. Moon News .

Mighty Eagle Improves Autonomous Landing Software With Successful Flight
by Staff Writers
Huntsville AL (SPX) Sep 25, 2013

Mighty Eagle descends to the landing field. Image Credit: NASA/MSFC/Fred Deaton.

The Mighty Eagle, a NASA robotic prototype lander managed out of NASA's Marshall Space Flight Center in Huntsville, Ala. successfully completed a test flight today as part of a series to help validate software from Moon Express, Inc. The flight also evaluated a new hazard avoidance system designed and developed at the Marshall Center.

Under the terms of a Reimbursable Space Act Agreement signed with Moon Express, the Marshall Center is providing its Mighty Eagle lander test vehicle and engineering team in support of a series of test flights to help validate the company's Guidance, Navigation and Control (GNC) flight software.

Guidance algorithms developed by Moon Express will be integrated into the existing software on-board the Mighty Eagle and used to perform the flight test series. This type of software is designed to tell the vehicle where to go and how to get there. In return, Moon Express is reimbursing NASA Marshall for the cost of providing the test vehicle and technical support.

"We are really excited about this flight series," said Jason Adam, flight manager for the Mighty Eagle.

"By utilizing both existing and new resources and expertise, we are not only gathering data about the innovative hazard avoidance system we designed, but at the same time we are helping Moon Express reach their goals and further their program.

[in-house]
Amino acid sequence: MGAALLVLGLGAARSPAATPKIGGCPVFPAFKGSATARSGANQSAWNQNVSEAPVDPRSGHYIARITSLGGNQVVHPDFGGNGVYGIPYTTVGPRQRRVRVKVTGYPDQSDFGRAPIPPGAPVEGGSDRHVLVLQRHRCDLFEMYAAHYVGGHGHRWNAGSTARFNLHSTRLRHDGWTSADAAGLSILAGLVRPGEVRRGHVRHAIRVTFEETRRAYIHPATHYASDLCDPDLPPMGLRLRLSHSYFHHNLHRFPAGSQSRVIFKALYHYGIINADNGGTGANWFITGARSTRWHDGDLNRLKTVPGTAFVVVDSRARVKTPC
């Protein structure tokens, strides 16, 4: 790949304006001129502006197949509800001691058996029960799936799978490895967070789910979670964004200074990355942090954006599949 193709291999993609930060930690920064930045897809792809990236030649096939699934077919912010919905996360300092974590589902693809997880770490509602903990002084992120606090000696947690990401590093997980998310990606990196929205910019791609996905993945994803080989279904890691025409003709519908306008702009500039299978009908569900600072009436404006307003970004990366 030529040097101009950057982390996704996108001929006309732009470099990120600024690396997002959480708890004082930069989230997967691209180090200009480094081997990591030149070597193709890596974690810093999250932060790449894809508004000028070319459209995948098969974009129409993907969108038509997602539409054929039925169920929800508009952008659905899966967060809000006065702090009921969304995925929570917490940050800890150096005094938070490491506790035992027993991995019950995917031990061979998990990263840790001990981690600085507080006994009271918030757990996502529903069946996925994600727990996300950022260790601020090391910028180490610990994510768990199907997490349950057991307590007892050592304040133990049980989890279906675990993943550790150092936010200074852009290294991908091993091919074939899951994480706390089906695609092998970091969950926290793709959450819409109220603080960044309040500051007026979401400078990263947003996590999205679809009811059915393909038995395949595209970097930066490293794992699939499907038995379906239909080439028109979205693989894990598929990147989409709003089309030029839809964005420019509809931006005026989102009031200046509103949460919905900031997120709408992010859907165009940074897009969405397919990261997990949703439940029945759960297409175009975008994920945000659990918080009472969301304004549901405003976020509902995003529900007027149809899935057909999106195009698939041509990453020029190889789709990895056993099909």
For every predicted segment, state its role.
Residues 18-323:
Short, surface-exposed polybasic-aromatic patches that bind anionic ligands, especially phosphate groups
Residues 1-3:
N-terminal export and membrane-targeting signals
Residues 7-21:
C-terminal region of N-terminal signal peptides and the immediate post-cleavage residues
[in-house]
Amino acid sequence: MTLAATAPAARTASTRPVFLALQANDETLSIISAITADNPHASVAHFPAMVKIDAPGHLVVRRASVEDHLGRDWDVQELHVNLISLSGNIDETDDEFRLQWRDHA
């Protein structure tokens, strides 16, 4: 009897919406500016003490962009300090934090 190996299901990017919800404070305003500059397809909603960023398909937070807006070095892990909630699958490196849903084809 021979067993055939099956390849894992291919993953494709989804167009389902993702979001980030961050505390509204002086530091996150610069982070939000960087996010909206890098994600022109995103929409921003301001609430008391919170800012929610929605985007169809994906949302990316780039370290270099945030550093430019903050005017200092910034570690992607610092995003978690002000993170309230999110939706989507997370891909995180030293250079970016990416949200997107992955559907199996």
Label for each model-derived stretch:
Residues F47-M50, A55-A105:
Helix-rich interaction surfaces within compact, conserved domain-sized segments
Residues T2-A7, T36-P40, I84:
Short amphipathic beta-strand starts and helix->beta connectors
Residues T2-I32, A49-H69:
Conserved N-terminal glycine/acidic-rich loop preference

"This is a great example of the types of partnership NASA is looking to strengthen in order to enable commercial companies to explore new places in our solar system."

NASA will use the Mighty Eagle and its larger counterpart, the Project Morpheus prototype lander, to mature the technology needed to develop a new generation of small, smart and versatile robotic landers capable of achieving scientific and exploration goals on the surface of planetary bodies.

"Our partnership with NASA's Marshall Space Flight Center is key to our goal of landing the world's first commercial spacecraft on the moon," said Moon Express co-founder and CEO Bob Richards.

"We have benefitted from NASA's encouragement and support in every step of our growth and development and we look forward to the results of our flight software tests on the Mighty Eagle."

The test series is also evaluating a new hazard avoidance system designed and developed by engineers at the Marshall Center. This avoidance hazard system will search for obstacles or hazards like rocks or boulders so that it can steer the vehicle away from those places. The flight series began August 30 and will run through October.

The Mighty Eagle prototype lander was developed by the Marshall Center and Johns Hopkins University Applied Physics Laboratory in Laurel, Md., for NASA's Planetary Sciences Division, Headquarters Science Mission Directorate.

Key partners in this project include the Von Braun Center for Science and Innovation, which includes the Science Applications International Corporation, Dynetics Corp. and Teledyne Brown Engineering Inc., all of Huntsville.


Related Links
Moon Express
Mars News and Information at MarsDaily.com
Lunar Dreams and more